This is a quick and dirty blog (no pun intended). A sweet friend told me a few weeks ago that she was having horrible rash issues just recently after switching to cloth diapers. Another told me that her diapers wouldn’t absorb anything at all, and the pee was sliding out of the top. Lots tell me they can’t afford it (I never have a spare $20 for disposables, so this truly puzzles me). And of course, there is always the poop issue. It comes up every time.
I’m not trying to sell more diapers by saying this (although if you want to buy, hop on over to simplebaby.com, please!). I’m going to tell you these things because I want more people to love and succeed at cloth diapering. And I hate that an estimated 27.4 billion disposable diapers are consumed every year in the U.S.
And I am shocked time and time again to hear stories about cloth diapering failures that are a result of no one telling those parents the most basic truths of cloth:
1) IT DOESN’T TAKE HUNDREDS OF DOLLARS TO DO IT.
You need something to absorb the pee, and an outer layer to keep you from getting leaked on or keep the poop from sliding on to you. $50 at a thrift store buys you cotton inners from used (*upcycled*) tees and microfleece, and used wool sweaters or blizzard fleece for outers. A few hundred dollars can comfortably get you more than started (possibly all the way to potty training).
I want you to buy my stuff – but I don’t want you to give up completely on an eco-friendly practice that is healthier and more comfortable for baby just because you can’t shell out the cash for a full stash of AIOs up front.
Diaper-Pin has a fab calculator that works magic for $$ conscious hubbys.
2) ITS ALL ABOUT THE WASH ROUTINE.
This probably should be number one. This is the biggest, saddest truth of them all. Sad because your baby can get a horrible rash or chemical type burns from using the wrong stuff. If your baby is having rash issues you should look first at the detergent you are using. Pinstripes and Polkadots has an awesome detergent list.
If your detergent isn’t listed as a “best of” it needs to go. Personally – I Love Tiny Bubbles, and have never had rash issues with my customers (err, or their babies) when it is used properly. In the past I have used Charlie’s, Rockin Green, Country Save, Lulu’s, Biokleen and Ecover – and this is the stuff I like and have great customer reviews in all kinds of water. So FWIW.
Part 2 of this – if you are using too much detergent, stop. Rinse, rinse, rinse some more. If you are washing without detergent and bubbles are appearing – stop using so much detergent (after you get that stuff stripped out!). You just have to play with it to figure out how much you need for your wash set up. TB works perfect for me with just almost a full scoop. Detergents not meant for CDing need WAY less that you need normally. Softer water, less soap usually. If your diapers seem gunky, use less detergent – not more. I like RLR for stripping and I am excited to try Funk Rock. But you will strip a lot less if you use the right amount of detergent. You will also strip less if you use natural fibers. I don’t have any science at all to back this up, but this is my experience, and that of several other lazy (meaning we don’t hang dry, are terrible about prepping, use random detergents, etc, etc) friends.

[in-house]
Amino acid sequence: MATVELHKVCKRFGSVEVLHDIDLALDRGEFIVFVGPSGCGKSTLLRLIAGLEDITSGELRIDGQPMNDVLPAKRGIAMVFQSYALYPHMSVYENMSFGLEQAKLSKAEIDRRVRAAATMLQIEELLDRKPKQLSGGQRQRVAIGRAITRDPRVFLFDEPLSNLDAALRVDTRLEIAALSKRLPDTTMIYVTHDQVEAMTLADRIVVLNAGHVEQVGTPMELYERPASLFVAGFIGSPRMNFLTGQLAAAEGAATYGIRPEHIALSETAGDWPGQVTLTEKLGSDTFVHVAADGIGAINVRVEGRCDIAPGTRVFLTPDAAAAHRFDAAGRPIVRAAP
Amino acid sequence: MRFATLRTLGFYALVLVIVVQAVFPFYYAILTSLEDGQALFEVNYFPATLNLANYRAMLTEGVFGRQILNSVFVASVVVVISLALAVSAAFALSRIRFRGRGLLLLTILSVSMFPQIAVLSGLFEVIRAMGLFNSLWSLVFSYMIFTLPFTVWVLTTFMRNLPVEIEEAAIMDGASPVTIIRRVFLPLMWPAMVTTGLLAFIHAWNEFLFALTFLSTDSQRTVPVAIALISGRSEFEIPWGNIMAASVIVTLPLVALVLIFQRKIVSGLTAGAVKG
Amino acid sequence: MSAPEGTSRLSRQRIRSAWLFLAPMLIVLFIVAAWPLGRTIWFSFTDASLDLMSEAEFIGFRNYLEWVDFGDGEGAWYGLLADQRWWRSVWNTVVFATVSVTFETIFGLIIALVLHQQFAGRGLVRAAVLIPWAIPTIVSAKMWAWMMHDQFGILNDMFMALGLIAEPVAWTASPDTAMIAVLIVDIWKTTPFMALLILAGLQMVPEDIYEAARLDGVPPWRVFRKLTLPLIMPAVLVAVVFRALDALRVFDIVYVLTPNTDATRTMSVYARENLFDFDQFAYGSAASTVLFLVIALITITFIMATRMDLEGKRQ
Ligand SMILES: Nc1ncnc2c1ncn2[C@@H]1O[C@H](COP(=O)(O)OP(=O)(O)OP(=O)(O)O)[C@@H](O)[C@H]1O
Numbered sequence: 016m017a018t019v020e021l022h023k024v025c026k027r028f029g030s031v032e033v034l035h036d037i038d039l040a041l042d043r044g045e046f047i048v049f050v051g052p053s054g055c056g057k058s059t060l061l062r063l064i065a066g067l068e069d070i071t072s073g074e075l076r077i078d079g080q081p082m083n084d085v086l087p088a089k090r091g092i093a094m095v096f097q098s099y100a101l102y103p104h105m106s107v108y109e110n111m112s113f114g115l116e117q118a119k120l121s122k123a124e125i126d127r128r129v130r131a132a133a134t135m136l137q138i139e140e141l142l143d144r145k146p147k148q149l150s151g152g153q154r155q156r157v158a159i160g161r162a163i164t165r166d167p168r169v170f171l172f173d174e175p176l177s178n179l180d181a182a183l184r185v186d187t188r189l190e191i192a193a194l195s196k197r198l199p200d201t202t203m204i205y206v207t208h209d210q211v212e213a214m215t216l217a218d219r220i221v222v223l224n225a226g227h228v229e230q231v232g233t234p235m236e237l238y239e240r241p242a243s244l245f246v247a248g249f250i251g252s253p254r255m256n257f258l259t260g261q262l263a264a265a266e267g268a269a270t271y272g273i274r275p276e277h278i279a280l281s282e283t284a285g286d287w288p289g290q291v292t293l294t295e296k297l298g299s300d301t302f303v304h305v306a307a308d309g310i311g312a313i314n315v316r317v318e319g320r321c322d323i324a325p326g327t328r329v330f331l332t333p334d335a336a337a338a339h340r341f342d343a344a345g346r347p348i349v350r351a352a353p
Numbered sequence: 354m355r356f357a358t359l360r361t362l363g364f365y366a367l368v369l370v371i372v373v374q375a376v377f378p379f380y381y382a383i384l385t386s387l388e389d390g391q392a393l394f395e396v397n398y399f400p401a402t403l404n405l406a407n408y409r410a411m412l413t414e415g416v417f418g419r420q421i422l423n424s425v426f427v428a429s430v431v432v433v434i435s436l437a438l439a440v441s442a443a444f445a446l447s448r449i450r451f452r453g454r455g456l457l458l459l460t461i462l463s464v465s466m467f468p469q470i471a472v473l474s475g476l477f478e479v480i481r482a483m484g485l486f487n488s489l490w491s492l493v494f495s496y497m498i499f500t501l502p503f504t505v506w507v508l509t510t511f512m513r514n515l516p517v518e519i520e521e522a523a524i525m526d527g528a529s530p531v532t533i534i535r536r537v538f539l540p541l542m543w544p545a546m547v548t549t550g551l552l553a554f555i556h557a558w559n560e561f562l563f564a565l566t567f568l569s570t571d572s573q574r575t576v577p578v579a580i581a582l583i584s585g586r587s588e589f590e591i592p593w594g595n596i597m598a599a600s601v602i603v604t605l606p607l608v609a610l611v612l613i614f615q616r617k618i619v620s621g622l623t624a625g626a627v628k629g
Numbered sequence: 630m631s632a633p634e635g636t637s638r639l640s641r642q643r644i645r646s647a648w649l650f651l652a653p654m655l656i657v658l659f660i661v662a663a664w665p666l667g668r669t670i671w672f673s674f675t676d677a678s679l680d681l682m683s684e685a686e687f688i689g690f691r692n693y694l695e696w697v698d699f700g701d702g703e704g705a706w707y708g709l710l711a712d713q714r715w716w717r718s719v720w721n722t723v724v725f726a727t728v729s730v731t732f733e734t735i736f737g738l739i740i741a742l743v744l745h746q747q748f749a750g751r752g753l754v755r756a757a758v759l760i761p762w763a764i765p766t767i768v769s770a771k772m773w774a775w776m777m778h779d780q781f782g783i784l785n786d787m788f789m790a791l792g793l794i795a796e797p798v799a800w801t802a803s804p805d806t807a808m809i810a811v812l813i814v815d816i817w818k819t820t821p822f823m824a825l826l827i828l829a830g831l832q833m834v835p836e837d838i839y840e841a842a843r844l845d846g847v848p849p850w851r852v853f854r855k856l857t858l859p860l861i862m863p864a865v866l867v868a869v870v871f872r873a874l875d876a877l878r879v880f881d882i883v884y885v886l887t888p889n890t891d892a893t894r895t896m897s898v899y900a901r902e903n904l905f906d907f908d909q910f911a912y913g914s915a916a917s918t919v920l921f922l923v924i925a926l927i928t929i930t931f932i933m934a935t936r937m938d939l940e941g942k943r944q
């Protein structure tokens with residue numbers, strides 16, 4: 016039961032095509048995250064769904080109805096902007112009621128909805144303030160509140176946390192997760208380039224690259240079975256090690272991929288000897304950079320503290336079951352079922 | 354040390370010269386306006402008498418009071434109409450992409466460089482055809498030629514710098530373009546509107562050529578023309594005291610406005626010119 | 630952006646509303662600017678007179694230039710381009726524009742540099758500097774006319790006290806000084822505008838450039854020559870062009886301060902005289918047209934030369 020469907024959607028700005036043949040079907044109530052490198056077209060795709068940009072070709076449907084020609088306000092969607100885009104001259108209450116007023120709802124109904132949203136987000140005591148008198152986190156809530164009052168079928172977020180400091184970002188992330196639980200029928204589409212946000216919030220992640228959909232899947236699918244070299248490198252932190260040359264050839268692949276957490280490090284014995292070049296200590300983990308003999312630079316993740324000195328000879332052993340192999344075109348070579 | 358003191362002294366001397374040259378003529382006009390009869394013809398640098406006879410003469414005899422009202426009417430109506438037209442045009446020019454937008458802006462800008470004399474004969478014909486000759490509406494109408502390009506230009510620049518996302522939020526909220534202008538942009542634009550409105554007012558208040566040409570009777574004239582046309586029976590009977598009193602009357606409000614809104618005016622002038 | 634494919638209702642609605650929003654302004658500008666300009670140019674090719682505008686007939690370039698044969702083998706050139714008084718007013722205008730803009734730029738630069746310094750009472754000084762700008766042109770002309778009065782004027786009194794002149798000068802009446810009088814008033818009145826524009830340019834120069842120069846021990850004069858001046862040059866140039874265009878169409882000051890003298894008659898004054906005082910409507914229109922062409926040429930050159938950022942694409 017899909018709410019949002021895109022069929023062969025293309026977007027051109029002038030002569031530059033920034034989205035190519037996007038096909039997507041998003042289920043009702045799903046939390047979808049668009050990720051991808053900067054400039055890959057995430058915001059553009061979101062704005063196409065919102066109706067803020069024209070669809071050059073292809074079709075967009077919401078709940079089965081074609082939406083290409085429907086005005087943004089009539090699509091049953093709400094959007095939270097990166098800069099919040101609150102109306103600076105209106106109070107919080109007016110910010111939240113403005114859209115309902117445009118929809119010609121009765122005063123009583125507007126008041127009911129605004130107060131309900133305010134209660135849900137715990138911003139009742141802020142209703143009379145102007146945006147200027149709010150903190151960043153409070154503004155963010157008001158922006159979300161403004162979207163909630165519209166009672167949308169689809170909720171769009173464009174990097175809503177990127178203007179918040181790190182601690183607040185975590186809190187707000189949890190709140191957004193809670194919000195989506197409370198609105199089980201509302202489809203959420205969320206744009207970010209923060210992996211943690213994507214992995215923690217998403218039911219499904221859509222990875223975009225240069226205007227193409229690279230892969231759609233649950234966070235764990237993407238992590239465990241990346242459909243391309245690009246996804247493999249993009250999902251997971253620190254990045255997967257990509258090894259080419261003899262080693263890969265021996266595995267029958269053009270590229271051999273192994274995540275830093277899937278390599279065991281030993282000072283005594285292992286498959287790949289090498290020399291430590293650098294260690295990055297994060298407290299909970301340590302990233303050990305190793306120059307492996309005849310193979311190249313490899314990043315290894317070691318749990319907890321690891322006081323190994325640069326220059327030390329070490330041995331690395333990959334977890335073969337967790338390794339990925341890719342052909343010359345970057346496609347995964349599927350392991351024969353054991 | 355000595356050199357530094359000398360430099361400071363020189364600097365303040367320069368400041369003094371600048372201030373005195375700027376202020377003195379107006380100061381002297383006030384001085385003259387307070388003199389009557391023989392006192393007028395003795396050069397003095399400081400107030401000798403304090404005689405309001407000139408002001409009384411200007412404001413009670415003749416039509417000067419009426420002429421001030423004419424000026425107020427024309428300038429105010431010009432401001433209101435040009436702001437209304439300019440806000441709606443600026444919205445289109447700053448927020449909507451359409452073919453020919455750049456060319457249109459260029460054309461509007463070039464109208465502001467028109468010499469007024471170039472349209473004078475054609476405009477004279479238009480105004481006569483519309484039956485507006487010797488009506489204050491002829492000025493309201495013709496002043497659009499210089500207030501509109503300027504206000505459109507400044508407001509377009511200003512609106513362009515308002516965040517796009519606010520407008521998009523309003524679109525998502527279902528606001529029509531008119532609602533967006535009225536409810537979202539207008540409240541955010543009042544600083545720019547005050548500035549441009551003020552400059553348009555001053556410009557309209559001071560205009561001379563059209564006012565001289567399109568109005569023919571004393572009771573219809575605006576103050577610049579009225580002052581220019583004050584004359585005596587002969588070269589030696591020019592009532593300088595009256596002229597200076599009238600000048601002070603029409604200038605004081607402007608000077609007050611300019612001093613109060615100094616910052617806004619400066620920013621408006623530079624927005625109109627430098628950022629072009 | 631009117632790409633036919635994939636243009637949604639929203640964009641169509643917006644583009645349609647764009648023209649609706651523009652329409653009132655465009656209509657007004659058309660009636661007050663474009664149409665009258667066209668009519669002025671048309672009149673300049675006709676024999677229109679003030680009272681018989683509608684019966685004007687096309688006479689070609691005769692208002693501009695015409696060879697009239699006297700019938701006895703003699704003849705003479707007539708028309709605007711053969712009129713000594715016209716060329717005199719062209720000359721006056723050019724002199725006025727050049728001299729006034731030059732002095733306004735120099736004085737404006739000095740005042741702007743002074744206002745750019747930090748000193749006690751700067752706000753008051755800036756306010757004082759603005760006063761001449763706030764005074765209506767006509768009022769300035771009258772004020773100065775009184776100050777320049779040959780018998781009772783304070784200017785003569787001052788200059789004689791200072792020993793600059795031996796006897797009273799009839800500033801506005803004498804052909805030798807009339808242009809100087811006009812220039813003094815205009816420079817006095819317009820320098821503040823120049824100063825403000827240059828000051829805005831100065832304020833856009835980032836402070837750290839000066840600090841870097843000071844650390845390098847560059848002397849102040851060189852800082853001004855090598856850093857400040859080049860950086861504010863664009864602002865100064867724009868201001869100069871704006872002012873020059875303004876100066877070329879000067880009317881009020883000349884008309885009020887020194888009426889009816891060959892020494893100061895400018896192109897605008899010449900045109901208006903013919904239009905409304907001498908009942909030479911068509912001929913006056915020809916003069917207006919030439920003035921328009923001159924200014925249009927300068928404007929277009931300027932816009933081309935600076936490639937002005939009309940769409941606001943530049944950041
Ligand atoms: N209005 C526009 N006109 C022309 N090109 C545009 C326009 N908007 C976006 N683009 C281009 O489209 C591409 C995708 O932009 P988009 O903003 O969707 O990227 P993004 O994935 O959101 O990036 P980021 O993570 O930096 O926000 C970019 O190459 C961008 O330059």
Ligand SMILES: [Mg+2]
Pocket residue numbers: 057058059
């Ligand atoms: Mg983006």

3) Also in the chapped and bleeding bottom category: NEVER LET MICROFIBER TOUCH YOUR BABY’S SKIN! Microfiber is great at wicking away moisture. So great in fact, that it will also wick away the oils and moisture in your baby’s skin. For some babies, this is enough to cause horrible problems, for others it’s a combination of microfiber and a bad detergent choice, or fabric softener, or some other environmental nasty. While microfibers can more cheaply stuff pockets and absorb, natural fibers are a better solution, and some (like hemp) work just as well as a microfiber diaper. If you must use it, keep microfiber away from the skin….
4) And one last thing about rash, etc, etc: IF YOU USE SOMETHING ON YOUR BABY’S BOTTOM MAKE SURE IT WON’T RUIN YOUR DIAPERS. Things that are made to put a barrier on your baby will also put a barrier on your diapers which will then leak, and likely stain. Then you have gross looking leaky diapers. If you are going down the path of trying to heal a rash, use something cloth diaper safe, and sweet and breathable on your baby’s skin, like Grovia’s Magic Stick.
5) POOP ISN’T THAT BAD AND STAINS COME OUT WITH SUN. Technically you are supposed to be flushing poop, even in a disposable. Just so ya’ know. Poop has basically three stages in your diapered baby, exclusively breast fed poop (which you can just throw in the wash, it’s water-soluble), the in-between, “I just started solids” poop (easily managed with disposable liners or a few strips of cheap fleece and/or a diaper sprayer) which lasts about 3 months in most babies, and the most-solid-like-an-actual-little-human poop, which rolls into the toilet. OR you can do EC (elimination communication), which I have to tell you (having had one EC’d baby, and one traditionally PT’d baby) is awe-some for the poop situation. Either way – just not that big of a deal, and not worth being squeamish about.
On to stains – a brilliant biologist type explained to me the other day that the same pigments that make a baby jaundiced are the ones that make poop have color. So that totally explains in one sentence why sunning works. So – unattractive staining – no longer a factor.
There you go! Now go forth and cloth diaper! And add your own truths in the comments